The Kootenai (also spelled Kutenai), whose homeland was in the area west of the Rocky Mountains in what is today western Montana, northern Idaho, and southeastern British Columbia, are generally divided into two groups: Upper Kootenai and Lower Kootenai, referring to their position on the drainage of the Kootenay River. The Upper Kootenai lived near the western face of the Rocky Mountains. The Kootenai had several politically independent bands. There was no political unity which tied all of the Kootenai bands together. Kootenai unity was linguistic, cultural, and emotional rather than political.
Among the Upper Kootenai, the War Chief represented the people in “foreign” affairs. For this reason, the Americans considered the War Chief to be the Head Chief. According to ethnographer H.H. Turney-High in his Ethnography of the Kutenai: “he had nothing to do with the real administration of the band. He did carry with him the love and respect of his people, and he was without doubt the most prestigeful personality in camp, but in everyday life everyone appreciated that the head chief’s contribution was slight.”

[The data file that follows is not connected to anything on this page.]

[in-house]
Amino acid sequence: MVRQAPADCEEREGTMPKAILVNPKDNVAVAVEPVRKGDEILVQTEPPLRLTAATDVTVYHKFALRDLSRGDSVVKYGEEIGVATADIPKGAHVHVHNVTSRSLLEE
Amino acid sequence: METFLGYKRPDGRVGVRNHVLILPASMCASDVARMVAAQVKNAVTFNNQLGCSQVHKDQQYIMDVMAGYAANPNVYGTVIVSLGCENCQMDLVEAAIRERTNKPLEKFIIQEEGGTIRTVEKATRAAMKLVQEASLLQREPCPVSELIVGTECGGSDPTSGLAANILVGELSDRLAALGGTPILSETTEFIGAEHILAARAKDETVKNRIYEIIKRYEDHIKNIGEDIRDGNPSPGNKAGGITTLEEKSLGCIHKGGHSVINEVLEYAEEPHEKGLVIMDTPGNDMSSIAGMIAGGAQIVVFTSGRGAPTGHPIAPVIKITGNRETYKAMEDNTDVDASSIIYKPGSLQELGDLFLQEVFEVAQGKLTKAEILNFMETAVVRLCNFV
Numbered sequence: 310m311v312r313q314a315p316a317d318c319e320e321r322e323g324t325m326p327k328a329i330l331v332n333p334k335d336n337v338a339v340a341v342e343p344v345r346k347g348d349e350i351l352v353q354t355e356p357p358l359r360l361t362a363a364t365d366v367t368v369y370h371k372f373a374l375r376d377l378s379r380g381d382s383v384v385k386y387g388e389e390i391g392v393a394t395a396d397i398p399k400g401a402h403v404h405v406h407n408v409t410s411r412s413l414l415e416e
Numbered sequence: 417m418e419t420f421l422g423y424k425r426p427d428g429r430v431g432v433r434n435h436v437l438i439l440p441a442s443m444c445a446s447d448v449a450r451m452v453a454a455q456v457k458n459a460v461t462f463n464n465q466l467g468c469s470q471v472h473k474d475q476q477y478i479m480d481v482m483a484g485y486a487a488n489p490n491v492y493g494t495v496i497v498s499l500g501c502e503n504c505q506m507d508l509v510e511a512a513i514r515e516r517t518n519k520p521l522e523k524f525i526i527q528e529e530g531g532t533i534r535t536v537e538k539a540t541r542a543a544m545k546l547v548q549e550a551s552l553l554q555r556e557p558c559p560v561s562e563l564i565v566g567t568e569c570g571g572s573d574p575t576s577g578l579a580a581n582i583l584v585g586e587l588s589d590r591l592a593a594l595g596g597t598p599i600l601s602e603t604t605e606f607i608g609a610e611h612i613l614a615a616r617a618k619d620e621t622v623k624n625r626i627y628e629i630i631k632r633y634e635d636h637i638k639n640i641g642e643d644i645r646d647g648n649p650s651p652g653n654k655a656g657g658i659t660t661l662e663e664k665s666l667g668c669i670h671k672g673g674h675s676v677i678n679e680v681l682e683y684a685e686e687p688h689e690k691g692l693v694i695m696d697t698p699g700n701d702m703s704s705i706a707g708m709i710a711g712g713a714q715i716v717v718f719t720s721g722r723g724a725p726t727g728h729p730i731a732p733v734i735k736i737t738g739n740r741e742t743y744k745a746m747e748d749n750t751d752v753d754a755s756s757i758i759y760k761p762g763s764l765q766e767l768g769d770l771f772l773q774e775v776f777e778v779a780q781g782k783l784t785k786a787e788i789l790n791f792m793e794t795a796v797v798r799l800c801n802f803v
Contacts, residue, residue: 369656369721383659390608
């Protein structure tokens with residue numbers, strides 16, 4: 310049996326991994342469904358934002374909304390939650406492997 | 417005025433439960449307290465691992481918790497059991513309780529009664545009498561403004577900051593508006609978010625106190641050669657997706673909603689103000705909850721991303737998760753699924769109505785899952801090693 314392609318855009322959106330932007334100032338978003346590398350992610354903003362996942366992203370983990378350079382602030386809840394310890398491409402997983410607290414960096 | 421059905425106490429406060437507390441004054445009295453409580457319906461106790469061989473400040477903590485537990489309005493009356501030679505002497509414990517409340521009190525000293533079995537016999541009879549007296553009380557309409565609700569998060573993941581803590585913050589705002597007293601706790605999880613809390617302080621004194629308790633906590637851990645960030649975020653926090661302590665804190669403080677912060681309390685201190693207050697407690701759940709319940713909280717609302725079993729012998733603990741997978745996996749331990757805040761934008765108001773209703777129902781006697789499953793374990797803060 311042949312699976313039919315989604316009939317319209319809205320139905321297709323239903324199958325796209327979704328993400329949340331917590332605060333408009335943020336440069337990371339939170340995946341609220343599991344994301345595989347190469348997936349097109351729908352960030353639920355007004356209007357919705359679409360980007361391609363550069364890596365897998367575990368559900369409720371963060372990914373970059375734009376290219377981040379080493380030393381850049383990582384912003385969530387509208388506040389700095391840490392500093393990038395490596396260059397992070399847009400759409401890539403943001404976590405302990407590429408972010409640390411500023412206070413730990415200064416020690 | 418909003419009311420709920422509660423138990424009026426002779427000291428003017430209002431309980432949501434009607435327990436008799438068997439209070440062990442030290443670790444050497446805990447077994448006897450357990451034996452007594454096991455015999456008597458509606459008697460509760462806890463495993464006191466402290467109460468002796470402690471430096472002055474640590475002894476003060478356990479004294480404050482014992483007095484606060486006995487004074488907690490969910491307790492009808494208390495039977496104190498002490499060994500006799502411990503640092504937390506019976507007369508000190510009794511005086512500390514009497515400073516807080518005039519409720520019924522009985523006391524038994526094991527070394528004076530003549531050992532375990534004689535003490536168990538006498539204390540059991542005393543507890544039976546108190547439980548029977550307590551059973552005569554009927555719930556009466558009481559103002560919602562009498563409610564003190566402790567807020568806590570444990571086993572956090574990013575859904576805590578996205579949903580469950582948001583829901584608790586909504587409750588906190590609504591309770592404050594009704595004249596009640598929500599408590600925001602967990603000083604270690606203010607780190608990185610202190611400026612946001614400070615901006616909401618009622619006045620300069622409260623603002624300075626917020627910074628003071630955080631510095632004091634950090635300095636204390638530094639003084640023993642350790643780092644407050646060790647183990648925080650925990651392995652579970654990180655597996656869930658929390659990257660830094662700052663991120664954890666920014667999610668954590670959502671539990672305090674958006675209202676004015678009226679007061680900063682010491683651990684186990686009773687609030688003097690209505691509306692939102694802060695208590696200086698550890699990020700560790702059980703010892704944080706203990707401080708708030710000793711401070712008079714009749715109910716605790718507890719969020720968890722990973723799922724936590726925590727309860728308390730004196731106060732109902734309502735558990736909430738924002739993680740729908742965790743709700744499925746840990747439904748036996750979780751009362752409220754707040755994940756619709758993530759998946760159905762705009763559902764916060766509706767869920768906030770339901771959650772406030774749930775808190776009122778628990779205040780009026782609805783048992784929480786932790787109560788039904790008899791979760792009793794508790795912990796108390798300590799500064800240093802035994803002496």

This chief was not formally chosen and there was no special regalia associated with the position. The War Chief was simply the warrior who had the strongest military medicine and all members of the band recognized this.
The Guide Chief among the Upper Kootenai was the person who knew most of the trails, the topography, and the geography of the band’s range. This chief was not selected on the basis of war honors, but rather on intelligence and experience. The Guide Chief selected the camp sites and laid them out. Since the Guide Chief knew the resources of the area well, it was his responsibility to direct subsistence activities.
The Lower Kootenai elected their chiefs. Chiefs needed to be strong in mind, body, skill, and spiritual power. Each band generally elected five chiefs: Band Chief, War Chief, Fish Chief, Deer Chief, and Duck Chief. The Band Chief had the greatest prestige. The War Chief, who was considered to be subordinate to the Band Chief, was a distinguished warrior. One of the responsibilities of the Fish Chief was to supervise the construction of the fishing weirs. The Deer Chief was responsible for leading the communal deer hunts.
The primary functions of the Lower Kootenai Band Chief were spiritual. Among other things, the Band Chief served as the Sun Dance Chief. To be elected as Band Chief, a person would first have a dream or vision in which the spirits would tell him that he was to become chief. The individual would inform council of this vision and would then have to be elected to the position by the council.